Why Content Marketing Matters

Rachel Rodgers

Our recent merger with LadyBugz Interactive has supercharged our internal marketing powers. With our team’s added marketing experience, we’ll be able to build even better, stronger websites for our clients. Inbound marketing — SEO, social media, and content — is a big reason today’s websites look the way they do, and understanding inbound marketing principles can help build a website that’s a lead-generating powerhouse.

We’re big fans of inbound marketing, and following the principles of inbound has boosted traffic, engagement, leads, and sales on our own site. Our white paper downloads and email subscriber lists have been steadily growing. Here’s what we do to make inbound marketing work for us.

Blog Posts

We focus on the latest trends and innovations in our field, how we apply and implement them in our projects, and how our process inspires confidence in current and prospective clients. Writing about these topics helps us establish our expertise, educate our audience and share the principles of good web design with the world.

At the end of every blog post, we have a call to action for readers looking for more. These CTAs make our site “sticky,” helping us convert casual blog readers into subscribers.

Social Media

We share our blog posts on Google+, Twitter, Facebook and LinkedIn on the day of the post. We also regularly review past content and re-post our best work. Reusing content is a key part of content marketing — if it’s good, keep sharing it!

We’ve seen a big improvement in our Twitter stats as a result of writing blog post roundups. These posts pull together the best, most current thinking about one specific topic, like Google Analytics or SEO. When we share roundup posts on Twitter, we tag everyone whose work we cited. We see a lot of retweets and new followers through this practice.

Beyond our own content, we also share blog posts we’ve enjoyed from our peers, partners, and clients. We regularly post content from other sources on social media and cite the authors and organizations.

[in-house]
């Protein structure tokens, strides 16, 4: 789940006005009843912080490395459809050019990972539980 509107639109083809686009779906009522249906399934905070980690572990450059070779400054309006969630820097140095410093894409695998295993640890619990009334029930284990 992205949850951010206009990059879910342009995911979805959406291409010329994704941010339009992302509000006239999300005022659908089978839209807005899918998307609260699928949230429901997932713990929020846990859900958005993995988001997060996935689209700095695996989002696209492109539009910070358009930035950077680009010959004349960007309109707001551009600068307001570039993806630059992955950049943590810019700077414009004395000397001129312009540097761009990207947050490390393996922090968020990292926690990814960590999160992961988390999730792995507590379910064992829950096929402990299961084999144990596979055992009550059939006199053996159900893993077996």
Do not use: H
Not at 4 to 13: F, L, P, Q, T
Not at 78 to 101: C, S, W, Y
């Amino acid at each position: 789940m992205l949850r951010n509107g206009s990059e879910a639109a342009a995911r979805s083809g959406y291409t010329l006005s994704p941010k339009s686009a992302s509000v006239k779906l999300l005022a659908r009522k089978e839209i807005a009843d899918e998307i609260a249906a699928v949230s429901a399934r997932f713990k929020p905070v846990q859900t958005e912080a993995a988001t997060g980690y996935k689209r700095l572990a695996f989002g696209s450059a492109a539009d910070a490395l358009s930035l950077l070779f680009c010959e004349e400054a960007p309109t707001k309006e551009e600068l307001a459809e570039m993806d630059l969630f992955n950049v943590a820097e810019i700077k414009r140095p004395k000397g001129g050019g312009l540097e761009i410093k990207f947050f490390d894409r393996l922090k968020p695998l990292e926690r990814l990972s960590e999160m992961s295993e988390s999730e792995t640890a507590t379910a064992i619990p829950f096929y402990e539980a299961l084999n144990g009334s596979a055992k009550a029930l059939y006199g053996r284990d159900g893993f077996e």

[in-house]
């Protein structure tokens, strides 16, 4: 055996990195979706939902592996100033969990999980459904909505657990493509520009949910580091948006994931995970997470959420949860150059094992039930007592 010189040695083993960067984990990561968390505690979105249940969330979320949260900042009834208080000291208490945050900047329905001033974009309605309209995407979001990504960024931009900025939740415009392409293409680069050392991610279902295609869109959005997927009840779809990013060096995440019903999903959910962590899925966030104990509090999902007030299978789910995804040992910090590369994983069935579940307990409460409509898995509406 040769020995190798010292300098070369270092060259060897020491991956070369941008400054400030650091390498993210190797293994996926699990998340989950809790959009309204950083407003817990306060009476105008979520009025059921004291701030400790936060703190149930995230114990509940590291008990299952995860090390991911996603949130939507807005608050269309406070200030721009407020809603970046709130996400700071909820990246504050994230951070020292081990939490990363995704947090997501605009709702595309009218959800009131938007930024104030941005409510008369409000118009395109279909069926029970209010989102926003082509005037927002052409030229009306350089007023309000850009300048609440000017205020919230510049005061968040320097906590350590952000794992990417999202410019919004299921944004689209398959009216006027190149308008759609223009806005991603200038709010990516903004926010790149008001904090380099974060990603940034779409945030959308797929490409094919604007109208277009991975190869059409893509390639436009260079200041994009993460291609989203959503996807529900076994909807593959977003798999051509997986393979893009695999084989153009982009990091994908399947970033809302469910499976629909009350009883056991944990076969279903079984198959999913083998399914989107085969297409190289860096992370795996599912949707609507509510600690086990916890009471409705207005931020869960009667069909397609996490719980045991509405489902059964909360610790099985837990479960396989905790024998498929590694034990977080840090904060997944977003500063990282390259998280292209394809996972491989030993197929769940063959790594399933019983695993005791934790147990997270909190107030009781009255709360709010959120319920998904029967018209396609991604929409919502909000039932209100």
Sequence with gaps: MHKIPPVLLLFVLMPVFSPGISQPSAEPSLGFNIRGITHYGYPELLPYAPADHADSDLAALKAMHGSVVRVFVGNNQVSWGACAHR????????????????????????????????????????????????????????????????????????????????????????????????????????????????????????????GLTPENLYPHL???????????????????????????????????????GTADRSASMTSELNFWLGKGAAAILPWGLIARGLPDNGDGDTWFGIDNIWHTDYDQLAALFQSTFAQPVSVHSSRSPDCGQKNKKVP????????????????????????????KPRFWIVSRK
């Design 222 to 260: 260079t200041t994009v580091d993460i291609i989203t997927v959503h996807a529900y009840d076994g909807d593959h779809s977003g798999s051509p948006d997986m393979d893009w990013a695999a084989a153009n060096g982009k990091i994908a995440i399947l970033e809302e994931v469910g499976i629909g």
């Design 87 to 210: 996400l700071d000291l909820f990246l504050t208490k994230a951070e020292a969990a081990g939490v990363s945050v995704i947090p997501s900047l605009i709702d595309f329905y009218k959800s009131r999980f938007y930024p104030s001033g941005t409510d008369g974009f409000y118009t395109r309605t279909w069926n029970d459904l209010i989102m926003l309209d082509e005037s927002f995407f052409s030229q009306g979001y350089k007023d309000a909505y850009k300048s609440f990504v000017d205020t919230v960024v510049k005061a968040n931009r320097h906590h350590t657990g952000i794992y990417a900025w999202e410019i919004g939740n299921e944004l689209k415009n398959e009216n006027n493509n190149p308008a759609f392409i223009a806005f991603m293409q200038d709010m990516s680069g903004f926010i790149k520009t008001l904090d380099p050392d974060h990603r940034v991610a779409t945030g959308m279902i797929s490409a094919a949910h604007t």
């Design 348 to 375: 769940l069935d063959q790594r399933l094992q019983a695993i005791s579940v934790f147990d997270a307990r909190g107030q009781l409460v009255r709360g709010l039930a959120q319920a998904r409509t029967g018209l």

We also use blogging and social media to create a conversation. When we blogged about our new offices in Hudson, our merger with LadyBugz and our 15-year anniversary, we got all sorts of congratulatory responses from our emails and comments on social media. Without the original content to share and promote via those channels, the engagement would have been very different.

Facebook Post Boosts

We’ve found that spending a modest budget to “boost” posts on Facebook can have big returns. We set a small but consistent Facebook Boost campaign that runs every day. We determine our audience, set a daily price and use the Facebook tracking pixel to measure engagement. We’ve found that this simple tool has had a big impact on growing our Facebook followers and boosting our overall Google rankings and popularity.

Email Newsletters

Email is a good way to reach out and let people know what we’re up to, what we’re blogging about, and what we’re reading ourselves (that’s my favorite part of our newsletter — it lets people know that we’re always actively reading and learning about our industry).

Tips and Tricks

As more organizations see the value in inbound marketing, there’s been a rise in tools that help make it easy. Here are some of my favorite inbound marketing tools:

  • CoSchedule and Hootsuite make my job a lot easier. Both tools help you schedule social media posts from one place. Every week, I carve out time to schedule all of our social media posts in one sitting. Both tools also have algorithms that help determine the best time to post.
  • Blog Post Creation from Impact is a great tool to combat writer’s block. It provides a quick prompt to get your words flowing.
  • Headline Analyzer from CoSchedule grades your headline and give you the real science behind your score. It shares easy ways to make your headline more clickable and shareable.

What inbound marketing tips and best practices have you learned? I’d love to hear from you on Twitter!

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